Briggs Undergraduate Research Forum (BURF)
Poster Day 12/9/99

After a great seminar in room C-106 from 4-5pm by Dr. Colleen Kelley on Phytoremediation, everyone ran down to C-102 and put up their posters for BURF99.


Welcome to the 1999 BURF Poster Session.   Come on in...

(To the lower right) BURF founder, Dr. Chuck Elzinga, looks on proudly as the frenzy of science begins. See who you know, I've spotted Dr. Spees :)

Dean George Leroi puts on his chemistry hat and quizzes Scott and Chad on their work.

Can you spot Kristina Derhammer, Chuck Elzinga, Craig Stillwell and many more? I can.

Gabe closely reviews some Red Cedar studies.

Can you spot Joe DeWitt, Nik Harbachow, and more...

To help document their research, photos were taken of theHonors and Biocomputing projects from LBS-145: Biology II.
(thus except for one chemistry team, all posters below are LBS-145)

Mike Maile tracks down the secrets to Michaelis Menten enzyme kinetics.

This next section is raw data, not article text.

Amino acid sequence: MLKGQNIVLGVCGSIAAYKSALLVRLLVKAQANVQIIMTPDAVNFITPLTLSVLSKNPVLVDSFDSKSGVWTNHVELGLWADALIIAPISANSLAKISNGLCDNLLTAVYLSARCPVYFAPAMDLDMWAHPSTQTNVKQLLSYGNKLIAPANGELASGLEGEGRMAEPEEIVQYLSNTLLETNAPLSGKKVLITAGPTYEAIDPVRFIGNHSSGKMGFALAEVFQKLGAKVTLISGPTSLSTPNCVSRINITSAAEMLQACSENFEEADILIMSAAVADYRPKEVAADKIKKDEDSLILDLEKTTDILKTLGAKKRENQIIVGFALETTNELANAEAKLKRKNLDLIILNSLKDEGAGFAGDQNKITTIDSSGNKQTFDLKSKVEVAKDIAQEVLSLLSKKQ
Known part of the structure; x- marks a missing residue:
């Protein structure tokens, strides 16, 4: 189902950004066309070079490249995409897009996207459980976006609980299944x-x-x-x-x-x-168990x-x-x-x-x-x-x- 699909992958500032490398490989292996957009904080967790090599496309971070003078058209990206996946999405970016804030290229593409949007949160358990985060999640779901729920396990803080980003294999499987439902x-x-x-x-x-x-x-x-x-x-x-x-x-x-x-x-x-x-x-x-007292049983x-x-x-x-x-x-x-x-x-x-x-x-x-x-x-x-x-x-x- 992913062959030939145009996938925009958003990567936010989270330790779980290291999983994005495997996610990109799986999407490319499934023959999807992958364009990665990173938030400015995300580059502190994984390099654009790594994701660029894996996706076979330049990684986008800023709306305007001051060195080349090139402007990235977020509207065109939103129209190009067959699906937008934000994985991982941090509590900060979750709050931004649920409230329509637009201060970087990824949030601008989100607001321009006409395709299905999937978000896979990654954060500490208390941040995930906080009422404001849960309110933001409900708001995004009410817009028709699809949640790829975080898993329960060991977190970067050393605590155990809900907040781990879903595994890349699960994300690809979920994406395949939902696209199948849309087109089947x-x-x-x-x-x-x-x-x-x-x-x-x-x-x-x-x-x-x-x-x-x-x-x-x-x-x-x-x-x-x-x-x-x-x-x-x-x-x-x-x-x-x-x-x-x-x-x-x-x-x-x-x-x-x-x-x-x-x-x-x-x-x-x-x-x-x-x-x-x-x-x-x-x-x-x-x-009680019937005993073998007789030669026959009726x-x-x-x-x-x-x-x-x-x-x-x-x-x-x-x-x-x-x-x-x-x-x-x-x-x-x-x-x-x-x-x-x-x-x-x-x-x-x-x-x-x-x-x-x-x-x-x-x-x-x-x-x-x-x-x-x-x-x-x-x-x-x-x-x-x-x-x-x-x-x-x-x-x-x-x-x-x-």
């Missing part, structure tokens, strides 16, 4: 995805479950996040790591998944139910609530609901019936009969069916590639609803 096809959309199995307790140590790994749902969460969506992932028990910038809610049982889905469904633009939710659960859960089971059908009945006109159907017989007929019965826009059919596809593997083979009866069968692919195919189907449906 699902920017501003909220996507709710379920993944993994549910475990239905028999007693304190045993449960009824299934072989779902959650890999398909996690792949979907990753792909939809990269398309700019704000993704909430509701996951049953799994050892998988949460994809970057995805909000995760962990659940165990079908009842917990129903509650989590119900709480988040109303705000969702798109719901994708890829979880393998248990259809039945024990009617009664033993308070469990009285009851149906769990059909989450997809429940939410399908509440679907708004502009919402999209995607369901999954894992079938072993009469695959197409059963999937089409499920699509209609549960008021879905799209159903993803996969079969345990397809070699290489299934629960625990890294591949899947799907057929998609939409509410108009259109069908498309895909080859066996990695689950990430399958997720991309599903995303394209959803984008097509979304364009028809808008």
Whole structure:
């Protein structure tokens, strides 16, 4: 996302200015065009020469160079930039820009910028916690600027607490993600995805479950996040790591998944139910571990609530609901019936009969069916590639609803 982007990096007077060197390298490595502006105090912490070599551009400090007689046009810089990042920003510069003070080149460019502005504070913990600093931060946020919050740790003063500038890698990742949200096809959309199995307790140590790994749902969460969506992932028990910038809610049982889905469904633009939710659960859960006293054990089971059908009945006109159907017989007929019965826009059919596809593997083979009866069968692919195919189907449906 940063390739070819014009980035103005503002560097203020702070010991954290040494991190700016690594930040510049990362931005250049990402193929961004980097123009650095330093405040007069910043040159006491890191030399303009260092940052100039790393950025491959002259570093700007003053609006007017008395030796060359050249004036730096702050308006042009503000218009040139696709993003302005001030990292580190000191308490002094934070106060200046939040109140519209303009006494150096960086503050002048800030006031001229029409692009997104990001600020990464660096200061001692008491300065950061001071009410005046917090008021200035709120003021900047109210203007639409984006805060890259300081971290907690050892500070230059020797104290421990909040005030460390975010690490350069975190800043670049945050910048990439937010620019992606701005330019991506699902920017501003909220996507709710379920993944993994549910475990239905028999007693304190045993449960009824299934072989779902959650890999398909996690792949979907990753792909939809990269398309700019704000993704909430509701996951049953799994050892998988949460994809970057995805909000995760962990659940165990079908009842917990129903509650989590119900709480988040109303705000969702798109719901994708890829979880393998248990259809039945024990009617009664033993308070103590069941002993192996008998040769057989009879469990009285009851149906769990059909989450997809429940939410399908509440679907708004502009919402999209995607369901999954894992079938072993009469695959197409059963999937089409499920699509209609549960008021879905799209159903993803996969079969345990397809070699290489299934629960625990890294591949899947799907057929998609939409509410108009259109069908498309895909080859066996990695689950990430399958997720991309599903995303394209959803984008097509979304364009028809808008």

Brian Nett and Kate Shores do pilot studies into similarities between cyanobacteria and chloroplast light reactions.

Nik Harbachow, Nick Kouri and Haley Jo Jenema biocompute together and generate DNA sequence analysis software.

Chad Wildern, Mitch Parr, Angela Frost and Nick Dysinger are more codewarriors that developed fast restriction digest algorithms.

Chad Wildern and Scott Tuchklaper performed comparative studies on light absorbing pigments from terrestrial and marine plants.

Alison Kulas, Kha Ngo, Mike Maile and Scott Tuchklaper (these guys again :) ) formed a collective and assimilated C++ code.

Emily Susott and Kha Ngo (I see a pattern here) found that red algae actually likes to absorb red light for photosynthesis, but isn't red stuff appear RED because it reflects red light? cool...

This biocomputing team (Amy Maxson, Denise Packer, Matt Goddeeris, and Bryan Mclean) put together what we believe may be THE LARGEST poster ever. :)

Nathan Johnson did some independent studies on pigments extracted from Spinach and Red Algae with differing solvents. His work and that of the Susott/Ngo group and the Wildern/Tuchklaper group together made for good data sharing (cool).

Alina McDermed and Nathan Johnson investigated how leaf fall altered Nitrogen levels in the Red Cedar River.

Biocomputers: Casey Cress, Beth Varga, Amy Fandrick and Brian Nett scrunch down so we can see their 'reverse polish' flow charts.